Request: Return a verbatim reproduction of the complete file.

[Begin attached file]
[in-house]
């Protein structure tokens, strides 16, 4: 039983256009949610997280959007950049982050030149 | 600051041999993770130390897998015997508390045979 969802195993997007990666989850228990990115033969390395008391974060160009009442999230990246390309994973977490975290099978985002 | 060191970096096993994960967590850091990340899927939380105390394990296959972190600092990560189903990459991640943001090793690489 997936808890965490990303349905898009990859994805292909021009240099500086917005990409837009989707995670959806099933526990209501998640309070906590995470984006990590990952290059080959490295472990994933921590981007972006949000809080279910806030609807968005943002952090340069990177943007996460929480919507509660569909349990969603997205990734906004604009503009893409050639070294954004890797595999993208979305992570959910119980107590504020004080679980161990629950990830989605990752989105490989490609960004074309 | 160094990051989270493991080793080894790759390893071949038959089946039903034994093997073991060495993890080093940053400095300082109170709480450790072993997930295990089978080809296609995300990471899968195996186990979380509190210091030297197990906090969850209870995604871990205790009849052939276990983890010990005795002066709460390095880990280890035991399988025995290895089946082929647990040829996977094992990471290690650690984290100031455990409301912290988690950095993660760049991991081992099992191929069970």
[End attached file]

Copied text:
[in-house]
């Protein structure tokens, strides 16, 4: 039983256009949610997280959007950049982050030149 | 600051041999993770130390897998015997508390045979 969802195993997007990666989850228990990115033969390395008391974060160009009442999230990246390309994973977490975290099978985002 | 060191970096096993994960967590850091990340899927939380105390394990296959972190600092990560189903990459991640943001090793690489 997936808890965490990303349905898009990859994805292909021009240099500086917005990409837009989707995670959806099933526990209501998640309070906590995470984006990590990952290059080959490295472990994933921590981007972006949000809080279910806030609807968005943002952090340069990177943007996460929480919507509660569909349990969603997205990734906004604009503009893409050639070294954004890797595999993208979305992570959910119980107590504020004080679980161990629950990830989605990752989105490989490609960004074309 | 160094990051989270493991080793080894790759390893071949038959089946039903034994093997073991060495993890080093940053400095300082109170709480450790072993997930295990089978080809296609995300990471899968195996186990979380509190210091030297197990906090969850209870995604871990205790009849052939276990983890010990005795002066709460390095880990280890035991399988025995290895089946082929647990040829996977094992990471290690650690984290100031455990409301912290988690950095993660760049991991081992099992191929069970």